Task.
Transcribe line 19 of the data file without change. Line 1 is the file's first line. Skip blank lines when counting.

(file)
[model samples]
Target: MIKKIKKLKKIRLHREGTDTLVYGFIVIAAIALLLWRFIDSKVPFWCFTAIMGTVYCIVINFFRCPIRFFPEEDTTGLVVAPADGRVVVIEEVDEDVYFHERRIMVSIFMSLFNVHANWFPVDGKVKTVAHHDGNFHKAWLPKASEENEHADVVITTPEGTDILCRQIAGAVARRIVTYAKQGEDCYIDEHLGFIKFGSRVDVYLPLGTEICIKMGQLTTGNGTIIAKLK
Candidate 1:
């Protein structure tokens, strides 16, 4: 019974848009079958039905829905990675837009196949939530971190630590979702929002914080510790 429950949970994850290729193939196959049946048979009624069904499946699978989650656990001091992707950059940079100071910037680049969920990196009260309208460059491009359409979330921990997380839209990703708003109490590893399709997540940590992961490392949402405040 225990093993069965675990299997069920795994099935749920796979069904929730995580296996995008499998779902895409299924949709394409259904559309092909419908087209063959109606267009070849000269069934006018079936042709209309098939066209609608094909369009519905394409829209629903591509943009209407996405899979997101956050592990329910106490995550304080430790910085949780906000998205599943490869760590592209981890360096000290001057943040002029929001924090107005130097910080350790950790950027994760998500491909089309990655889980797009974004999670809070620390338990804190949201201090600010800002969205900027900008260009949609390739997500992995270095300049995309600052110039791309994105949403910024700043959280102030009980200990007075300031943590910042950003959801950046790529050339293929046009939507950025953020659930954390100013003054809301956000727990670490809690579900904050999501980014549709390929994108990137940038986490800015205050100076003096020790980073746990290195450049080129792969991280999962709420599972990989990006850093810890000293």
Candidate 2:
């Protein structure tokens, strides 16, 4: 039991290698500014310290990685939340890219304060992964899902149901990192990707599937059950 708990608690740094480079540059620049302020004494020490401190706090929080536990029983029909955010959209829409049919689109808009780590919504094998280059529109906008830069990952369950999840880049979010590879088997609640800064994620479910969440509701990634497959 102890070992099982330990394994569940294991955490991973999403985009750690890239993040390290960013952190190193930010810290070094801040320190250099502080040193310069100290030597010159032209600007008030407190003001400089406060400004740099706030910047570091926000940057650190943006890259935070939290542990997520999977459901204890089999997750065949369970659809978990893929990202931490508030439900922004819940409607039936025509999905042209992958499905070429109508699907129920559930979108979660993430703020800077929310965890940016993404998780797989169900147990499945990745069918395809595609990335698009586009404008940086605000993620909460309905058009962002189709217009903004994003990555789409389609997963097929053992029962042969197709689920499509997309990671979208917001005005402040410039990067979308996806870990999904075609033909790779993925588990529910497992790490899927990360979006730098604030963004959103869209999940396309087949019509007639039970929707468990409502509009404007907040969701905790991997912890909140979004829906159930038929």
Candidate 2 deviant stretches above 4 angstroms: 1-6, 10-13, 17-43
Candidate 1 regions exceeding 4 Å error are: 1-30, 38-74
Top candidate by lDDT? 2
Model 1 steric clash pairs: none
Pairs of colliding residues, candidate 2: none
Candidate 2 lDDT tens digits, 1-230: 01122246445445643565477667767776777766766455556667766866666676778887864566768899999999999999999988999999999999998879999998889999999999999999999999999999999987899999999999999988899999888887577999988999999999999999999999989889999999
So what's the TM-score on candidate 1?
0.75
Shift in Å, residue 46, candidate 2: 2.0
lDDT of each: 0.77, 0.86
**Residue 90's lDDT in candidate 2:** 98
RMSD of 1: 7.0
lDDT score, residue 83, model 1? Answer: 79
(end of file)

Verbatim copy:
lDDT score, residue 83, model 1? Answer: 79